Another reason for a delayed sexual debut could be low libido. In this study the participants with ASD reported a lower libido and orgasm frequency than the controls. In addition, asexuality was reported by two of the ASD participants. Several reports by people with ASD suggest that asexuality is not rare in this population [15], [34], [35]. The individual's level of sexual desire is the result of a complex interplay between many physiological and psychosocial factors [36]. Although prenatal levels of androgens affect sexual orientation and behaviours throughout life, the relationship to sexual drive in adults is as yet unknown. Adult levels of sex hormones however, do play an important role in sexuality, but variation in testosterone levels within normal ranges has not been shown to correlate with level of sexual desire [37]. Thus, the low libido reported by our participants with ASD cannot be explained by low testosterone levels as these were not lower than in the controls [21].

Sexual preferences

Although homosexuality was equally common in ASD and controls, bisexuality was acknowledged four times more frequently amongst women with ASD than amongst female controls. In the male ASD group, only one reported bisexuality compared with two amongst the male controls. Our sample was too small to reliably identify any small variations in sexual orientation. However the observed prevalence for the control men (14%) and for the ASD men (11%) both seem high, compared with estimates in British and American populations (4.6%, 5.4%) [38], [39]. Although our results neither support, nor oppose the hypothesis of an increased rate of homo- and bisexuality in men with ASD, other studies lend support for this hypothesis. Aston interviewed 28 men with Asperger syndrome who previously or currently lived with a woman [40]. Although they stated to be heterosexual, three of them reported sexual relationships with other men. In another cohort of 24 men with ASD living in residential care, 17% were bisexual or homosexual [16]. Taken together, this suggests an elevated rate of homo- and bisexuality amongst the male ASD population similar to the female.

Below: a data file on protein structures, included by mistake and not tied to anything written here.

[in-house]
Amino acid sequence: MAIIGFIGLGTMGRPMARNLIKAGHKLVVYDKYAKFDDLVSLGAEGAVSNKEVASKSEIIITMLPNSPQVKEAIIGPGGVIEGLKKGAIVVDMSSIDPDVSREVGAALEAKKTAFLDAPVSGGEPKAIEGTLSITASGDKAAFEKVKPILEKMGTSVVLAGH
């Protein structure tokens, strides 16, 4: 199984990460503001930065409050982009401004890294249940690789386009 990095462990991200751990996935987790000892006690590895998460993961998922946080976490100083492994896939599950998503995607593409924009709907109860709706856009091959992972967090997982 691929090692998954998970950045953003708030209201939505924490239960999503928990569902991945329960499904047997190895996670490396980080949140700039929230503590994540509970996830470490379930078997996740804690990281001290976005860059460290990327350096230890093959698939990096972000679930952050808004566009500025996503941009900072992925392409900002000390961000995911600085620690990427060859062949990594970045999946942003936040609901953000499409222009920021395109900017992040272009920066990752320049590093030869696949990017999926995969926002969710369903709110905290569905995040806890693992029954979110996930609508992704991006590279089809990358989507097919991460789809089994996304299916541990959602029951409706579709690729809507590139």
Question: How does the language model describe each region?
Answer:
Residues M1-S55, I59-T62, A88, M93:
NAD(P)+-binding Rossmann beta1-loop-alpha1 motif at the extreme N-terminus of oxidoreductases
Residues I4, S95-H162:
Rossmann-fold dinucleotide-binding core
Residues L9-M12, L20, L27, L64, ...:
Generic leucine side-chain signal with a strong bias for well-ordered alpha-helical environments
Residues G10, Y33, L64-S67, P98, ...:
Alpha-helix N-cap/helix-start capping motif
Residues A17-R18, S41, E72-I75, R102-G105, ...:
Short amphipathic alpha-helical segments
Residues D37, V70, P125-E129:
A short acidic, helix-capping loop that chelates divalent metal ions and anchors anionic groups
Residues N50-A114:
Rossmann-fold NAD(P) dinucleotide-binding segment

There are a number of possible explanations for increased bisexuality in ASD. Bisexuality could reflect independence towards social norms in the society, a standpoint that is common in the ASD population. Another plausible explanation is “gender blindness” that leads to an appraisal of a potential partner's qualities rather than the persons' specific gender. Alternatively, increased rates of bisexuality and male-type behaviour in women could be a delayed consequence of elevated levels of androgens in foetal life.


A study of the current size addressing sexuality is likely to be affected by selection bias. Compared to an age equivalent clinical sample of adults with ASD [41], parenthood and university education were more common in the present study, but equivalent to participants in a study on sexual wellbeing in ASD [42]. This suggests that the presently studied ASD group was relatively resourceful and could possibly be considered more “neurotypical” than ASD subjects in general. Conversely, the male controls reported higher rates of non-heterosexuality than what could be expected in the general population and 25% stated being a sissy in childhood. In sum, our male controls are presumably less gender typical than the general population, which in fact strengthens our hypothesis on ASD as being a gender-atypical disorder. Furthermore, this may explain the non-significant findings in some of the analyses.